Data Collection

The focus during the study, lasting from May through August 2017, was to survey for signs of chimpanzees in this area and to assess any anthropogenic threats to them (Micheletti 2018). Sixteen reconnaissance walks were conducted to find evidence of chimpanzee's presence. Reconnaissance walks consist of surveying by foot in a predetermined direction along a path of least resistance, which can deviate by any degree through the survey area (Kühl et al. 2008). Additionally, we systematically surveyed forested habitats (e.g., gallery forest and woodland stream areas) where nests and other signs of chimpanzees were thought to be most concentrated. Any evidence of tool-use was recorded, along with the GPS location, the habitat type it was found in, and the type of tool. Tools were brought back to camp, laid flat, and measured from tip to tip.


Two hunting tools were identified by a resemblance to those used by Fongoli chimpanzees in terms of their deposit location, patterns of use-wear, patterns of modification in tool creation, size, and shape (Figure 1).

Figure 1. Putative hunting tool in situ with trimmed branches (green leaves in top of photo) and binoculars for scale (a); end of tool with wear pattern (b); and scar on the edge of the tool, typical of removal of side branches and leaves (c). Scar is ~13 cm in length. Photo (a) by J.D.P and photos (b) and (c) by K.N.M.

Hunting tools were sticks found in association with freshly removed leaves and twigs and were situated in the vicinity of possible Galago nesting cavities. Both hunting tools were found near each other in a woodland habitat and are from the species Cordyla pinnata (Figure 1; Micheletti 2018). Woodland habitats are common locations of tool-assisted hunting by Fongoli chimpanzees, where Pterocarpus erinaceus and Terminalia sp. trees are common and where Galago nesting cavities are frequently located (Pruetz unpublished data). The first tool was discovered under an Anogeissus leiocarpus tree, near the trunk, with a diameter at breast height of 33.4 cm and a visible cavity that may have been used by galagos. The second tool was found about five meters away on a termite mound, which showed no signs of recent termite-fishing behavior. The second tool was found in close proximity to the Anogeissus tree crown, similar to what is seen at the Fongoli site when ‘spear’ tools are discarded. All hunting, termite fishing, and ant dipping tools were found in the eastern side of the Bantan community's range based on 2017 nesting data (Micheletti 2018). Furthermore, the hunting tools were found on June 22, which is considered the wet season, and when most tool-assisted hunting practices are observed at Fongoli (Pruetz et al. 2015).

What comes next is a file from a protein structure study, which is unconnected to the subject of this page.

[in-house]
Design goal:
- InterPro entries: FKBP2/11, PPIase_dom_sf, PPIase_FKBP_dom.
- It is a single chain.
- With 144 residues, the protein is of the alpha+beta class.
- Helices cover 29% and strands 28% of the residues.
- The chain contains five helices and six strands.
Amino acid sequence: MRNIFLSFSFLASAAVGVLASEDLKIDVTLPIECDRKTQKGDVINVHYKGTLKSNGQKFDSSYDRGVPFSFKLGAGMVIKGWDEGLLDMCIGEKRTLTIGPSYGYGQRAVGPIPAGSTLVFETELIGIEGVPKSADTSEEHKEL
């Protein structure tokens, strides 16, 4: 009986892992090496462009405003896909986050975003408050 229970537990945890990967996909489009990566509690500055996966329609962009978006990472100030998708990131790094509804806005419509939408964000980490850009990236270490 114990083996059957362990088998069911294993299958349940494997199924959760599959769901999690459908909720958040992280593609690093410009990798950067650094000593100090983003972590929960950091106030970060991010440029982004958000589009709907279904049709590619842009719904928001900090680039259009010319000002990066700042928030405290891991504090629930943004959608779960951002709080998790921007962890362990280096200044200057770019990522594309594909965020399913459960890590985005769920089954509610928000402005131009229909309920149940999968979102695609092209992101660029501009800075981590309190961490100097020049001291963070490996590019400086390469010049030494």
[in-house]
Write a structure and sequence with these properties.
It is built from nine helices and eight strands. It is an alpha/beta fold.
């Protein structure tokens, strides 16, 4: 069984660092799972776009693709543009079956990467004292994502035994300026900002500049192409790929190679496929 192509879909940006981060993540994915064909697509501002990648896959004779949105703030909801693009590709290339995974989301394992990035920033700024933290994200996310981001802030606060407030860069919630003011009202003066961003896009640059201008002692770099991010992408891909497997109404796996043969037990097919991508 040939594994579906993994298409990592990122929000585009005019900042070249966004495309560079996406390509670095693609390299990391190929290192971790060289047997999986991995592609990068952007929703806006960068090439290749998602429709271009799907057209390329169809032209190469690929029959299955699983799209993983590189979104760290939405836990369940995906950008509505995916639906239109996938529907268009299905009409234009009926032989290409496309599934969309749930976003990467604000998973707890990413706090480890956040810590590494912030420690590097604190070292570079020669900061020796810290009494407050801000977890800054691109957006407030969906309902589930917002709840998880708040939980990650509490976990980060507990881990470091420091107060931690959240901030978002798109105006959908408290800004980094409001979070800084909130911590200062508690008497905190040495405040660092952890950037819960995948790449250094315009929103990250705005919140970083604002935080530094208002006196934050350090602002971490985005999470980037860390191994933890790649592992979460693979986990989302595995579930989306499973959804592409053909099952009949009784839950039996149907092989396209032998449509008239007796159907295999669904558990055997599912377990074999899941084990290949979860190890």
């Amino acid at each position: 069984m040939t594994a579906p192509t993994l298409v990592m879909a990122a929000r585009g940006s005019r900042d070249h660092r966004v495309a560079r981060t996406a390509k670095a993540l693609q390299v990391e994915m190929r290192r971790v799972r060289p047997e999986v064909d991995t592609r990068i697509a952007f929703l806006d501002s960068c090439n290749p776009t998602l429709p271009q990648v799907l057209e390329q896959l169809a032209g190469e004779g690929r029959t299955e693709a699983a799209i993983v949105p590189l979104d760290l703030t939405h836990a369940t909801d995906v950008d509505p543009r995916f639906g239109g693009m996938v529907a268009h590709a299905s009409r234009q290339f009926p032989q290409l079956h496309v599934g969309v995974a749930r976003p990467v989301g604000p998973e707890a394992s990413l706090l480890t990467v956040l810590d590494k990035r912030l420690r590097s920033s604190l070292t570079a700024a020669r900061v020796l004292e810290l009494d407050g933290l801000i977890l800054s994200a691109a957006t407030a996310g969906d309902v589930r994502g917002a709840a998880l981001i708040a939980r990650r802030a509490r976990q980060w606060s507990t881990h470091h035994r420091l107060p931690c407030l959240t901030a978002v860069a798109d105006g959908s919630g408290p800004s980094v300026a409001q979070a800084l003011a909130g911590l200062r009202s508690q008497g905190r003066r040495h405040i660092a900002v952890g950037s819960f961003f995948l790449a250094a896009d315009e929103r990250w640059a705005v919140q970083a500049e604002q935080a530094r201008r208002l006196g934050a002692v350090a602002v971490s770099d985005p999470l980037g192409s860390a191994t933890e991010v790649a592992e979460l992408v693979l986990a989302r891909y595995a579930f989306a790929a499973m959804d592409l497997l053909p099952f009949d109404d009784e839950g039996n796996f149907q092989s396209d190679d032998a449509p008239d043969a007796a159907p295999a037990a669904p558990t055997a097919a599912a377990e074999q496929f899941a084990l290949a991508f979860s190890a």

These tools were within the range of Fongoli hunting tool size, which average 10.1 mm in width at midpoint of the tool (n = 223 tools) and 64.6 cm in length (n = 298 tools), being noticeably longer, thicker, and straighter than termite and ant dipping tools, which are on average less than 5 mm in width (Pruetz unpublished data). Both putative hunting tools (n = 2; tool 1 = 83.1 cm, tool 2 = 113.9 cm, sd=31.8) fell within the range of tool lengths recorded for the Fongoli community (40–120 cm; Pruetz & Bertolani 2007). The tools showed sites of detachment damage indicated by areas of stripped bark, consistent with side branches being pulled off, as is commonly observed in hunting tools made by Fongoli chimpanzees (Figure 1; Pruetz & Bertolani 2007).


We report finding modified sticks within the range of the Bantan chimpanzee community in Senegal, interpreted as putative chimpanzee hunting tools. As such, our study extends the record for the rare tool-assisted hunting behavior and contributes to the growing field of primate archaeology (Haslam et al. 2009; Haslam et al. 2017) that strives to find links between the material culture of non-human primates and their behavior. Our interpretations on the function of the purported tools are based on multiple similarities to known hunting tools of the adjacent Fongoli chimpanzee community. As at Fongoli, these modified sticks were found near potential Galago nesting sites, they are within the size range of Fongoli hunting tools and exhibited similar modification and use-wear patterns (Pruetz & Bertolani 2007). It is unlikely that the putative hunting tools were made by Fongoli chimpanzees given the location of the site, northwest of the Fongoli chimpanzee core range.

This form of tool-use could be carried between chimpanzee communities through dispersal and could be widespread in Senegal. Adolescent females may spread this behavior between communities upon dispersal, given that at Fongoli, females hunt with tools relatively more frequently than males (Pruetz & Bertolani 2007; Pruetz et al. 2015). It is probable that females from the Fongoli community brought this behavior to the neighboring Bantan community, or vice versa.

Continued research on their tool technology can help to answer questions regarding chimpanzee tool-use, socially-learnt traditions, and learning processes. Such transfer of knowledge may provide insights into primate learning processes.


We thank the Direction des Eaux, Forêts, Chasses et de la Conservation des Sols for permission to conduct this research in Senegal. We would like to thank Dondo Kanté, Jacques Keita, Michel Sadiakho, and the Camara family. Funding for this work was provided by the Department of World Languages and Cultures, Iowa State University, and the Center for Global and Regional Environmental Research, University of Iowa.


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Received: 3 December 2021
Accepted: 13 January 2022